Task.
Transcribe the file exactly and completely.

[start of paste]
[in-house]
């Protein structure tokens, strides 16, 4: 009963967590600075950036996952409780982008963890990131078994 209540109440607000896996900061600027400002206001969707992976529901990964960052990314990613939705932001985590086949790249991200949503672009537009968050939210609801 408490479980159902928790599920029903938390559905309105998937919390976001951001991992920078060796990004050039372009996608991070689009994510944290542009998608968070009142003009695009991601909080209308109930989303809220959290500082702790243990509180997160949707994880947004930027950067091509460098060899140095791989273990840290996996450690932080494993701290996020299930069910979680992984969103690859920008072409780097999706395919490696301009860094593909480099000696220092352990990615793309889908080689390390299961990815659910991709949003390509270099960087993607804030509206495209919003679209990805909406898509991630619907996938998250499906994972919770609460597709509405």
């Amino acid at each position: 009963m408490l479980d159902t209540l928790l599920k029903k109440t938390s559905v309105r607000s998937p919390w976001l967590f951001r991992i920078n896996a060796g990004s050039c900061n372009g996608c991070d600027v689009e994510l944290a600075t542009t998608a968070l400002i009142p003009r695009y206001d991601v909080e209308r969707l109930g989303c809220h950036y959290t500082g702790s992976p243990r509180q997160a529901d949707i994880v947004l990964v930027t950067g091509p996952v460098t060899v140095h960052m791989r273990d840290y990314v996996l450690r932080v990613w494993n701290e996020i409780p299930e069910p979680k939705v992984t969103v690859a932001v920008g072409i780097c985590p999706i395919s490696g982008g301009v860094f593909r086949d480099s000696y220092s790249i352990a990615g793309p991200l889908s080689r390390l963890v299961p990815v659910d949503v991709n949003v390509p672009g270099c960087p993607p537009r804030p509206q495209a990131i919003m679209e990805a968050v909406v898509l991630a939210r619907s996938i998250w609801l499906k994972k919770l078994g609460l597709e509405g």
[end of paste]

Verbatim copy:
[in-house]
């Protein structure tokens, strides 16, 4: 009963967590600075950036996952409780982008963890990131078994 209540109440607000896996900061600027400002206001969707992976529901990964960052990314990613939705932001985590086949790249991200949503672009537009968050939210609801 408490479980159902928790599920029903938390559905309105998937919390976001951001991992920078060796990004050039372009996608991070689009994510944290542009998608968070009142003009695009991601909080209308109930989303809220959290500082702790243990509180997160949707994880947004930027950067091509460098060899140095791989273990840290996996450690932080494993701290996020299930069910979680992984969103690859920008072409780097999706395919490696301009860094593909480099000696220092352990990615793309889908080689390390299961990815659910991709949003390509270099960087993607804030509206495209919003679209990805909406898509991630619907996938998250499906994972919770609460597709509405």
């Amino acid at each position: 009963m408490l479980d159902t209540l928790l599920k029903k109440t938390s559905v309105r607000s998937p919390w976001l967590f951001r991992i920078n896996a060796g990004s050039c900061n372009g996608c991070d600027v689009e994510l944290a600075t542009t998608a968070l400002i009142p003009r695009y206001d991601v909080e209308r969707l109930g989303c809220h950036y959290t500082g702790s992976p243990r509180q997160a529901d949707i994880v947004l990964v930027t950067g091509p996952v460098t060899v140095h960052m791989r273990d840290y990314v996996l450690r932080v990613w494993n701290e996020i409780p299930e069910p979680k939705v992984t969103v690859a932001v920008g072409i780097c985590p999706i395919s490696g982008g301009v860094f593909r086949d480099s000696y220092s790249i352990a990615g793309p991200l889908s080689r390390l963890v299961p990815v659910d949503v991709n949003v390509p672009g270099c960087p993607p537009r804030p509206q495209a990131i919003m679209e990805a968050v909406v898509l991630a939210r619907s996938i998250w609801l499906k994972k919770l078994g609460l597709e509405g």